Portrait & Biographical Record Winnebago & Boone Cos., IL. Chicago: Biographical Pub. Co., 1892, pp 896-897
The credit for a large share of the enterprise which helps to make Harrison Township one of the most progressive of any in the county [Winnebago County, IL], is due to the gentleman whose name heads this sketch. He is full of push and energy, and is progressive and advanced in his ideas. Mr. COOK was born in Zora, Oxford County, Canada, 23 Nov 1844, and his father, James COOK, also a native of Canada, who was born in Niagara County, seven miles from the Falls, whose mighty roaring could easily be heard at that distance, on 27 Dec 1812. The grandfather, Daniel COOK, was a native of NY, and a farmer all his life, as was his father before him. The latter was a Revolutionary soldier, and was probably slain in action. Daniel went to Canada when a young man, married there, and raised a family of nine children, six daughters and three sons. He remained there until about 73 years of age, when he and his wife came to the States. Their eldest son, Joel COOK, came to Winnebago County, IL, from Canada, about 1850, and purchased a farm in this township [Harrison]. A few years later he was joined by his aged parents, and with them moved to Boscobel [Crawford County], WI, where they passed away within two months of each other, when about 84 years of age.
James COOK, the father of our subject, was the third son and the third child in order of birth of the nine children born to his parents. He married Sarah HILL, of Canada, daugher of Amos and Sarah (PHILLIPS) HILL, both natives of New Brunswick, where this daughter was born. Mr. and Mrs. COOK purchased a farm in Canada, and resided on this for about 10 years, five of their children being born there. Subsequently they sold this property and moved to Harrison, Winnebago County, IL, purchasing 135 acres on section 20, at $16 an acre [$2,160]. There were good improvements on this place for the times, and the stone house on it at that time is part of Mr. COOK's present dwelling. There was also a frame barn, 30x40 feet, on this farm. Mr. and Mrs. COOK brought with them five children: Samuel (our subject); Daniel, probably a resident of MN; Amos, an invalid for the last three years, resides in Durand [Winnebago County, IL]; Isaac, a farmer near the village of Harrison [Winnebago County, IL]; and Elizabeth, who died in Harrison on 14 Feb 1870, when 16 years of age. Mr. and Mrs. COOK have had two children since coming to IL: Hannah L., who married William S. KING, of Chicago; and Phoebe A., who died on 14 Feb 1878, at the same hour her sister, Elizabeth, passed away eight years before. The father of these children received his final summons on 29 Oct 1884, when nearly 72 years of age, and his wife survived him about six years, dying on the old home place on 17 Jun 1890, when nearly 70 years of age. This most exemplary and worthy couple started in life empty-handed, but they accumulated a comfortable fortune, and passed their last days in ease and plenty.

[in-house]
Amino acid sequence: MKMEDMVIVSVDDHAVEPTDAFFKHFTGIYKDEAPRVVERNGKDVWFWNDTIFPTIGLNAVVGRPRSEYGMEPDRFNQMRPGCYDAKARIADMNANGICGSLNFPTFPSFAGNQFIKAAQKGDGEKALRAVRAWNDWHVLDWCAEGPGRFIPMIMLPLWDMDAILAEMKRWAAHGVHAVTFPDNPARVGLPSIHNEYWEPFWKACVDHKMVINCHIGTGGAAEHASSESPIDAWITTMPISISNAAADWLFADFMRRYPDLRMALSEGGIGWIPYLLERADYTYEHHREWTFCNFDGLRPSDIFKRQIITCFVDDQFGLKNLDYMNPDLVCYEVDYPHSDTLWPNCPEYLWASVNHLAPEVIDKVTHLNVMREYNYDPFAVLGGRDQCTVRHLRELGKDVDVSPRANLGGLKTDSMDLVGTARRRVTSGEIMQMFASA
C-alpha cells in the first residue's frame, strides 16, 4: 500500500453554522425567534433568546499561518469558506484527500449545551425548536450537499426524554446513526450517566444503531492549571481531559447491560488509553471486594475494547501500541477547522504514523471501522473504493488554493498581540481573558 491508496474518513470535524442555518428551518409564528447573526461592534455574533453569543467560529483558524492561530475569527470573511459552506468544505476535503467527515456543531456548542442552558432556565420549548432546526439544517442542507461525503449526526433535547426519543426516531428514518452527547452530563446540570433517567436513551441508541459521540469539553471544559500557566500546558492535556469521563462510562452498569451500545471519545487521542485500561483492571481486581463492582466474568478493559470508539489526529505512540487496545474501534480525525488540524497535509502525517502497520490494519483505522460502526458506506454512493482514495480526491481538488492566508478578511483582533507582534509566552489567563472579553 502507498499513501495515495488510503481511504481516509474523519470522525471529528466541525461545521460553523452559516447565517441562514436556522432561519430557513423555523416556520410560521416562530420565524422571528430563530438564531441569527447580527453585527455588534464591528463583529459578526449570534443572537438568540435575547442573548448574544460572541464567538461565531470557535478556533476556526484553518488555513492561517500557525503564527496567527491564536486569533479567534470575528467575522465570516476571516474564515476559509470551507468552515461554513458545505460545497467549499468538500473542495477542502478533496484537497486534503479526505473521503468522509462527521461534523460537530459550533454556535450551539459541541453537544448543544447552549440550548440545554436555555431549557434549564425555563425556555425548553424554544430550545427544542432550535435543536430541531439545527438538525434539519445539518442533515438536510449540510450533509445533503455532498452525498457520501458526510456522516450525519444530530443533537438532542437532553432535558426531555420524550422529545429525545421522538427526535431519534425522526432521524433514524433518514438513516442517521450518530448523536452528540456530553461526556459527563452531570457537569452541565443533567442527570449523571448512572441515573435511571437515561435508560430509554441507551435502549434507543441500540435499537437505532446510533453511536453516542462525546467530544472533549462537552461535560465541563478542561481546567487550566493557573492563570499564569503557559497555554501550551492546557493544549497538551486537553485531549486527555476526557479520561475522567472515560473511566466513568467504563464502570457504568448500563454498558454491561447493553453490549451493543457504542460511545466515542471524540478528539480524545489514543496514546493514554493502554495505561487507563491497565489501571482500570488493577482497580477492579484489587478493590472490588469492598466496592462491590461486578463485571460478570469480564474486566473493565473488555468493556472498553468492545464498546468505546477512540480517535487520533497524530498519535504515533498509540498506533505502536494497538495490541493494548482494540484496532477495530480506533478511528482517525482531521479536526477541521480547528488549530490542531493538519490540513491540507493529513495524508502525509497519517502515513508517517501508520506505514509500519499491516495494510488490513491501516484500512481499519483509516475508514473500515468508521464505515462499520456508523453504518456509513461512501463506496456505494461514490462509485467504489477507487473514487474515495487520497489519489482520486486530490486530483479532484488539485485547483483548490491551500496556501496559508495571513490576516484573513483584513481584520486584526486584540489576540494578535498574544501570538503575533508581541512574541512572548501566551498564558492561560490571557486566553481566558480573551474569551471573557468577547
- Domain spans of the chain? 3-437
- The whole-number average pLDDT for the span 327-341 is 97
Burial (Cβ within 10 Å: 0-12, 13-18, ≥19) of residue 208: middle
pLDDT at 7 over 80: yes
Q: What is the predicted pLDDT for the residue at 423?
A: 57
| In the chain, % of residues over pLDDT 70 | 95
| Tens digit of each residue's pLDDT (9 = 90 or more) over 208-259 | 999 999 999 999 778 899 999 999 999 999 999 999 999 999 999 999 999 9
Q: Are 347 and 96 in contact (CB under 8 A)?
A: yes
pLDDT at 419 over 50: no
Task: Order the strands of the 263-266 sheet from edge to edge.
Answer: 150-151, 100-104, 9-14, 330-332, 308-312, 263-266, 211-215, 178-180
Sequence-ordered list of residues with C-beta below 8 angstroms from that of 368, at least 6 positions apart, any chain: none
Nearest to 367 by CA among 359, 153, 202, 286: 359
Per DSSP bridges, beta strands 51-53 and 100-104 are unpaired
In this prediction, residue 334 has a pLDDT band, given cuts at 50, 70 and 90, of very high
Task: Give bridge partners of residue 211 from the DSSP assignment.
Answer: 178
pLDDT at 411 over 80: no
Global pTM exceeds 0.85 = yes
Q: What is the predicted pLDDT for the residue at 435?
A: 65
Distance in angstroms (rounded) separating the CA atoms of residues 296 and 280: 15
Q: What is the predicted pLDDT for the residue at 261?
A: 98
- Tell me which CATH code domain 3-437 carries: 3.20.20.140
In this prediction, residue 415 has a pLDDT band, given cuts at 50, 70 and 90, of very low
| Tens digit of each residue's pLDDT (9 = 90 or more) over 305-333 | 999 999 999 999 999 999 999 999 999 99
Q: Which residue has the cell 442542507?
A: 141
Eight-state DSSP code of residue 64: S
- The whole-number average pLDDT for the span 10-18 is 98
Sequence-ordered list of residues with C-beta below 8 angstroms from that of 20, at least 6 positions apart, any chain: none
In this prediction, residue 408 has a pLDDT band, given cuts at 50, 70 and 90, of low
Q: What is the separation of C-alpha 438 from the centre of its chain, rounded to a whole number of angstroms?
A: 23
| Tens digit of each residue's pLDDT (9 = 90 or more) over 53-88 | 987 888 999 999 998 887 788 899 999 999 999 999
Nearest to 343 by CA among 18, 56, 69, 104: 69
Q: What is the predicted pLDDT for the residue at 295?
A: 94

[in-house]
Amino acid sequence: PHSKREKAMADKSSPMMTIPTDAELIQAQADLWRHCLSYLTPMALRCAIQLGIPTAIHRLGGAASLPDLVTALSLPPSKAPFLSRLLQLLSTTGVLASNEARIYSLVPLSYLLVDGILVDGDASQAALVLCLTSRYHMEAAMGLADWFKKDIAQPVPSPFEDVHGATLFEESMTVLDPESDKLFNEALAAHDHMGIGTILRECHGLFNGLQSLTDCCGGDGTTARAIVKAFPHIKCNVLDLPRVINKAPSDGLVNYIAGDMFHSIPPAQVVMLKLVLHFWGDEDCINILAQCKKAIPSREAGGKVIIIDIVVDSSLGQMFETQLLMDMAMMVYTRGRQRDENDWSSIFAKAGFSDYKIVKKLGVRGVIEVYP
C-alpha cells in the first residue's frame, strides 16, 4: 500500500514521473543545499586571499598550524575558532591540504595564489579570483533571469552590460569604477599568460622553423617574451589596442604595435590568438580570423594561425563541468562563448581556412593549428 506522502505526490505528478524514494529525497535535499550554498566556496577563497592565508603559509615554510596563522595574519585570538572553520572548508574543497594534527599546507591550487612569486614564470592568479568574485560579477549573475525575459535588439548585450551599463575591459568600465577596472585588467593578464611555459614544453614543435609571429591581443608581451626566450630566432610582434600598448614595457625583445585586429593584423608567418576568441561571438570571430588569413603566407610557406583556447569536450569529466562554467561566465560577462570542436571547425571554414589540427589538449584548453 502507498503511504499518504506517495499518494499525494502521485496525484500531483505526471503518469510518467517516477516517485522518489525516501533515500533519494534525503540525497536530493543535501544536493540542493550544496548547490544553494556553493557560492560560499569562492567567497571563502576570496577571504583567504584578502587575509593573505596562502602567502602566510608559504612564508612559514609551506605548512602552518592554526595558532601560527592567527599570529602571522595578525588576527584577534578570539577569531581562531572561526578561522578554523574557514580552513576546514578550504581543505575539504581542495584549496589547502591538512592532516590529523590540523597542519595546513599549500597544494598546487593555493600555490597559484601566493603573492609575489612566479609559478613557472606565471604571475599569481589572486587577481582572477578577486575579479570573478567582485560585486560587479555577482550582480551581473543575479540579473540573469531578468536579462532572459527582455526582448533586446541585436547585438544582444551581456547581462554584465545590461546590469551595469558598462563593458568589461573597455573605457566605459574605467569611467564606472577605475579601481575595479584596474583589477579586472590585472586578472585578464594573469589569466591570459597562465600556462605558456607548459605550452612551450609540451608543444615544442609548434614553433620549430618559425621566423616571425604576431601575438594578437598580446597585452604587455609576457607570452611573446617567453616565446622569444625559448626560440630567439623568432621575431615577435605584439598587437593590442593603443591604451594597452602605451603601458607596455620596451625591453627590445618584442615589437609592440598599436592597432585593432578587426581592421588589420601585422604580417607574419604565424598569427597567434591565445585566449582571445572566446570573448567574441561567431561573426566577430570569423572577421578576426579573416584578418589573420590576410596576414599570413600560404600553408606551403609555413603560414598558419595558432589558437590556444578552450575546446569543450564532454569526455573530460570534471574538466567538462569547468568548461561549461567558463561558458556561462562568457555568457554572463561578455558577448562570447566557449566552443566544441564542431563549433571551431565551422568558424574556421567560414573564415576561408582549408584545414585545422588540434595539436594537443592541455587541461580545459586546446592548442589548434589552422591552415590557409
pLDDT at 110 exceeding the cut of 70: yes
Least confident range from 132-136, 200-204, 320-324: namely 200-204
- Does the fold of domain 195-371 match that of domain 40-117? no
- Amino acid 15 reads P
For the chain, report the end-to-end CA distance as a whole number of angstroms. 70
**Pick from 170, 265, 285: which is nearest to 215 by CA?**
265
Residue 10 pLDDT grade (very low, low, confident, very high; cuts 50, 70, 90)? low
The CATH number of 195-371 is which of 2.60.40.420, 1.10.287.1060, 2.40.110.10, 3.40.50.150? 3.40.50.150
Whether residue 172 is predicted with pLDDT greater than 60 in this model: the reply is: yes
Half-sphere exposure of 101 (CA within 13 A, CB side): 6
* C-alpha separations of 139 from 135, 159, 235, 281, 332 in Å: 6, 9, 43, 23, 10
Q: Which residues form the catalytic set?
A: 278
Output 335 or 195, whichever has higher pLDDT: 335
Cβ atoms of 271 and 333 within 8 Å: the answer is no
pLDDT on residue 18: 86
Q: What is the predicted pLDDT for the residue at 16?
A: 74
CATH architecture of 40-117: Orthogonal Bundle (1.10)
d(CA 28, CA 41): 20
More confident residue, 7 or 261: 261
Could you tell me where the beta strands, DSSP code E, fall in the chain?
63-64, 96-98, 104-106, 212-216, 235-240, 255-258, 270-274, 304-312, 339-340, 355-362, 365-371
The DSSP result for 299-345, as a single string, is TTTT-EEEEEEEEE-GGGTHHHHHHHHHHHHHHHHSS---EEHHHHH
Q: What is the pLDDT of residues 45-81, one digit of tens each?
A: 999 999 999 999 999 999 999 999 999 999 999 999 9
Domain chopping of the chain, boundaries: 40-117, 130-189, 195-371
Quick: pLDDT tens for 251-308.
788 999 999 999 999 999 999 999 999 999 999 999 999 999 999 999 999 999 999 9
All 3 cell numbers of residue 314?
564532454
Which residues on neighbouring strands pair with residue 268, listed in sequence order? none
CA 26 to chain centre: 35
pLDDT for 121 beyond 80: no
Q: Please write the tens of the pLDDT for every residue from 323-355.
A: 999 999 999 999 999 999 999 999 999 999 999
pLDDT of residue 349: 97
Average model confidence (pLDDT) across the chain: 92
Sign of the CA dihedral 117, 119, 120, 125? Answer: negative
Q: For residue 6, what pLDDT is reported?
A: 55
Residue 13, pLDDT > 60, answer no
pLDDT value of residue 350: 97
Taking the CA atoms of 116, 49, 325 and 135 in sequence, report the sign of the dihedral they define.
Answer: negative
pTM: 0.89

The subject of this sketch remained under the parental roof until after the death of his parents, and since then he has bought out the other heirs. He has no hobby as a farmer, except in raising mules, and of these he has raised from 6 to 12 each year since 1875. He has not raised as many mules as S. K. BLODGETT, but no man in this part of IL has made this business so much of a success as has Mr. COOK. He not only breeds and raises large, fine mules, but he matches and breaks them. He owns his own jacks, the same costing from $600-$1,500 each, and he has sold several teams for $400. He grows the cereals, corn, oats, wheat, and rye, and bales his hay, sometimes shipping it. All his land is fertile and productive, and near his house he has 20 acres of fine second-growth timber. Mr. COOK rebuilt an added to his barn in 1885, making it 40x57 feet, and other outbuildings, erected before and since, make the place look like a small village from a distance. He grinds his own and neighbors' feed with the [p 897] wind from his windmill which he put in in Jun 1891. His farm is well watered.
Mr. COOK has been a Republican, but has broken ranks, and is now a freeman, politically. His brother Daniel was the first to volunteer in the army, going out when 16 years of age, Aug 1862, in Company B, 22nd WI Infantry, from Beloit [Rock County], WI; next, Amos, at 17 years of age, volunteered from Harrison, Jun 1864, in Company E, 141st IL, and in Feb 1865, our subject went out in Company L, 11th IL Cavalry, under Captain Cole. Samuel was discharged in Jun 1865. His brother Daniel served until Apr 1863, when he was taken prisoner near Franklin, TN, and confined in Libby Prison 30 days. He was then paroled, and later discharged for disability. However, in 1864, he again entered the army for 100 days, and was discharged as Corporal at the end of that time. Amos was in the 100-day service and came home without a wound, although his present infirmity is no doubt the result of exposure and hardship during that time. The subject of this sketch is a member of Nevius Post, No. 1, G. A. R. He is still in the rank and file of single blessedness.
Submitted by Cathy Kubly.